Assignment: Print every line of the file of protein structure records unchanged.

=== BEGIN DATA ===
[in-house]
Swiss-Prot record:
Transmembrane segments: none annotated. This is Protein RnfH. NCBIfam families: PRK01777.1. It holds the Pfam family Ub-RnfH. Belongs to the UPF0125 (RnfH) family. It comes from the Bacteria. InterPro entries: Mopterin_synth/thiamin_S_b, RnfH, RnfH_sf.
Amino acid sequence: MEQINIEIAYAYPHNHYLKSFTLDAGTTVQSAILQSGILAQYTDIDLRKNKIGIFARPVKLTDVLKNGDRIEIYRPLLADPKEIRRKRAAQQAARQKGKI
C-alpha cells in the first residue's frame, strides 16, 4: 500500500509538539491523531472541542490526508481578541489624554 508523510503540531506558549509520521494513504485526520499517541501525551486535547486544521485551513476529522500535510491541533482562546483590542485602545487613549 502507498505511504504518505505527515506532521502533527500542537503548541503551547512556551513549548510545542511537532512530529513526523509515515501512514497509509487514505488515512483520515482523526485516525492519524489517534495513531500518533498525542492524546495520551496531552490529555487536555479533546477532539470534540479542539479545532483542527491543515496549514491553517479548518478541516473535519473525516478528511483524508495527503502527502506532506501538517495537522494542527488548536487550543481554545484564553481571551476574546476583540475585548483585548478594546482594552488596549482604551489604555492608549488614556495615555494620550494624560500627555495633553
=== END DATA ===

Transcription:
[in-house]
Swiss-Prot record:
Transmembrane segments: none annotated. This is Protein RnfH. NCBIfam families: PRK01777.1. It holds the Pfam family Ub-RnfH. Belongs to the UPF0125 (RnfH) family. It comes from the Bacteria. InterPro entries: Mopterin_synth/thiamin_S_b, RnfH, RnfH_sf.
Amino acid sequence: MEQINIEIAYAYPHNHYLKSFTLDAGTTVQSAILQSGILAQYTDIDLRKNKIGIFARPVKLTDVLKNGDRIEIYRPLLADPKEIRRKRAAQQAARQKGKI
C-alpha cells in the first residue's frame, strides 16, 4: 500500500509538539491523531472541542490526508481578541489624554 508523510503540531506558549509520521494513504485526520499517541501525551486535547486544521485551513476529522500535510491541533482562546483590542485602545487613549 502507498505511504504518505505527515506532521502533527500542537503548541503551547512556551513549548510545542511537532512530529513526523509515515501512514497509509487514505488515512483520515482523526485516525492519524489517534495513531500518533498525542492524546495520551496531552490529555487536555479533546477532539470534540479542539479545532483542527491543515496549514491553517479548518478541516473535519473525516478528511483524508495527503502527502506532506501538517495537522494542527488548536487550543481554545484564553481571551476574546476583540475585548483585548478594546482594552488596549482604551489604555492608549488614556495615555494620550494624560500627555495633553